XJ Steering Shaft Upgrade (88-94 Trucks) 95+instructions on page 31

Discussion in 'Stock Suspension + Bolt On Kits' started by shelbyt.67, Jul 16, 2012.

  1. 77Impala

    77Impala The Hauler

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    There is no extra vibration from changing out a rag joint to a universal joint. My 97 Dodge van had universal from the factory and it was lined up where a rag joint would have worked fine. The Jeeps that many of us have pulled these shafts from were also lined up where a rag joint would have worked.

    Most front wheel drive and many modern trucks and cars do require a universal joint to line up the awkward alignments.

    And try to find a modern rag joint that will last, I have not seen one I would trust to even replace my still good OEM one in my 77 Impala.

    Sent from my SM-G930U using Tapatalk
     
  2. Moparmat2000

    Moparmat2000 I'm Awesome

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    To answer your question. Yes, and no. You can put in a new rag joint which is the weak link, however over time it will wear out to where you would be replacing it again, also it does flex which is why even in its newest state its not as positive and without slop as a universal joint is. Additionally on 4x4 trucks with larger and wider than stock tires the universal joints tend to help with a more positive feel driving over a flexing rag joint. The frame flex you are getting is not a whole lot.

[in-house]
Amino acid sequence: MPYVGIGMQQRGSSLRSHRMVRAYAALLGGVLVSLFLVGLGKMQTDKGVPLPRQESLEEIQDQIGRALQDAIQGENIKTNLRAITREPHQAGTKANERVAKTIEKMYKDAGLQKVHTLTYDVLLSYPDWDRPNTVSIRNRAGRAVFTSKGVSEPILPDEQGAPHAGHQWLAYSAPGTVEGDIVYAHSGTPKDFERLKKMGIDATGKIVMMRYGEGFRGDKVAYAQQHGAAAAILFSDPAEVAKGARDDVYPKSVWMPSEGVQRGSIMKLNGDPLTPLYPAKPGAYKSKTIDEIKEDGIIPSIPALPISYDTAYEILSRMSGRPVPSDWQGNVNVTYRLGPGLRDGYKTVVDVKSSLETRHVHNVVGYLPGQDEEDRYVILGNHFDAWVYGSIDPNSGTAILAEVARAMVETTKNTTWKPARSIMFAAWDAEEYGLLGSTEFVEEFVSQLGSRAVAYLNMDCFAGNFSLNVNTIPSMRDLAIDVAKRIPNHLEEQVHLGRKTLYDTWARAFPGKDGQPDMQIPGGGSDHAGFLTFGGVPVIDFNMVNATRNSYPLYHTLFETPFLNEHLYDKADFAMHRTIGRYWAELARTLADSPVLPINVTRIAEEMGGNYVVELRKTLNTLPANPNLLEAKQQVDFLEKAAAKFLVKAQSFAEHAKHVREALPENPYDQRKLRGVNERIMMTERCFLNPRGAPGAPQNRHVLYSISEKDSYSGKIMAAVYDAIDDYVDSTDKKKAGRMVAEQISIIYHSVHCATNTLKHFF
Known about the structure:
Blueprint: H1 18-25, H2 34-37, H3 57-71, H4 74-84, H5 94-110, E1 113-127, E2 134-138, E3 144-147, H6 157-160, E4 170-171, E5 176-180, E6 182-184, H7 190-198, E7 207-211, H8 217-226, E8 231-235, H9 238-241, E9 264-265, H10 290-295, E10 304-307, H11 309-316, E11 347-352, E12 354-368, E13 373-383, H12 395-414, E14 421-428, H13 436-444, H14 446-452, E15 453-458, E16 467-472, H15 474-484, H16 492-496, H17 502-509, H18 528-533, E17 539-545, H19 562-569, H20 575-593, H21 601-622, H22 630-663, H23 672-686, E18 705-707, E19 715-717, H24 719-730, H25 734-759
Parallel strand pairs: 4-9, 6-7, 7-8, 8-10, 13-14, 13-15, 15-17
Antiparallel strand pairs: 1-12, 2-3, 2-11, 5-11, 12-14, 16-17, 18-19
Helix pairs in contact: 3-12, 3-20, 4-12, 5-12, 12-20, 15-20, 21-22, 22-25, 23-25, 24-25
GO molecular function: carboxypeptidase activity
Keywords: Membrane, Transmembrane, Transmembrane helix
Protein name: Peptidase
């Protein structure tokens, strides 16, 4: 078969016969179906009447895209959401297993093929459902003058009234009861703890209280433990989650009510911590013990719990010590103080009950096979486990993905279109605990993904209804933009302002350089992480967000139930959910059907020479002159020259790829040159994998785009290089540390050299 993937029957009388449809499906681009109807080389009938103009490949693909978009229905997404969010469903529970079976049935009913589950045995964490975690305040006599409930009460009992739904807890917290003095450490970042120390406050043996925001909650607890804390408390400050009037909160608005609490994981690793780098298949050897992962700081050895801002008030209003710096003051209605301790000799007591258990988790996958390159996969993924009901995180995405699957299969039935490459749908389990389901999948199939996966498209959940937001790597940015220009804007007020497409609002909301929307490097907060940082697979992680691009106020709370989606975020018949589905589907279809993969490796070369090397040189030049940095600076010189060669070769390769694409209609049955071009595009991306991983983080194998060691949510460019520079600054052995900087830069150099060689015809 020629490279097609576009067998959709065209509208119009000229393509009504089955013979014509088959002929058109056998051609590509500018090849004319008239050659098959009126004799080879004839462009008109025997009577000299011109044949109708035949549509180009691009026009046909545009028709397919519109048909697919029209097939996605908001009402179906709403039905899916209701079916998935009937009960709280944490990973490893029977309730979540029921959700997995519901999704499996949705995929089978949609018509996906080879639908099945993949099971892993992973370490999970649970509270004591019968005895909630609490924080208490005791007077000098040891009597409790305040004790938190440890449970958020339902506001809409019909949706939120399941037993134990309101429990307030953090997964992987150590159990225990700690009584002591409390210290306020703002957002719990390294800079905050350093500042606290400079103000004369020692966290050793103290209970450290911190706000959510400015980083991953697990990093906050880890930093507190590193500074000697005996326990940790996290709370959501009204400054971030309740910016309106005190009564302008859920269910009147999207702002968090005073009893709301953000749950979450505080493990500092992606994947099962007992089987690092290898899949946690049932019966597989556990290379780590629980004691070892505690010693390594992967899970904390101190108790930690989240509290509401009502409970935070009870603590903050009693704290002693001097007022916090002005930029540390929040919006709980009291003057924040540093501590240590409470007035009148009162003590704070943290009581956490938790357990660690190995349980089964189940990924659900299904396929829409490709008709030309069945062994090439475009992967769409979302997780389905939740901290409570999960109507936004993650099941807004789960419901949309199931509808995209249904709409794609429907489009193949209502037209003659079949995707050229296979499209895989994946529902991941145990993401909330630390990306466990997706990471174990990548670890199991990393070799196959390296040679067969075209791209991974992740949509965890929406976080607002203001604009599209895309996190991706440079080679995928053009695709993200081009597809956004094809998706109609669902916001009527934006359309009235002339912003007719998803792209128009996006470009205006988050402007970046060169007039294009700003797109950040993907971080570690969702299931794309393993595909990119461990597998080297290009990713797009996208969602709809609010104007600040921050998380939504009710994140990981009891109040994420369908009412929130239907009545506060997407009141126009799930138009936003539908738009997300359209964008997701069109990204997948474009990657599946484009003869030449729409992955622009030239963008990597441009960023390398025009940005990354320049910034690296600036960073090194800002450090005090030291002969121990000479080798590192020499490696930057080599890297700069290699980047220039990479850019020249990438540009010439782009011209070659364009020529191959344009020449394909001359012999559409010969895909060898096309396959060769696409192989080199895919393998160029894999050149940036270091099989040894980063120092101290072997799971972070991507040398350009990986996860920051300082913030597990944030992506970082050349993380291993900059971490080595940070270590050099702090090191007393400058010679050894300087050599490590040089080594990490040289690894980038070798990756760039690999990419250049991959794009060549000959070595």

You also have to remember that large volume production vehicles are designed and built by committee. What is meant by that statement is simply this, the bean counters look at things like cost for every little item that makes up a vehicle. Example can the engineers design something that would be adequate using 3 bolts instead of 4 to attach it, saving the additional 1 bolt x how ever many vehicles etc.

    Thats just one example, but they do it with everything. If i was a betting man I'd probably say that replacement lower rag joint part number probably has a passenger car and light truck vehicle range of at minimum 40 years. Why? Because it worked good enough for stock stuff, and the tooling money was already spent to punch out this part. Also the design is good enough to get the vehicle out of its warranty period without problems. Vehicles are designed with planned obsolescence in mind. Average life span is supposed to be 10-15 years.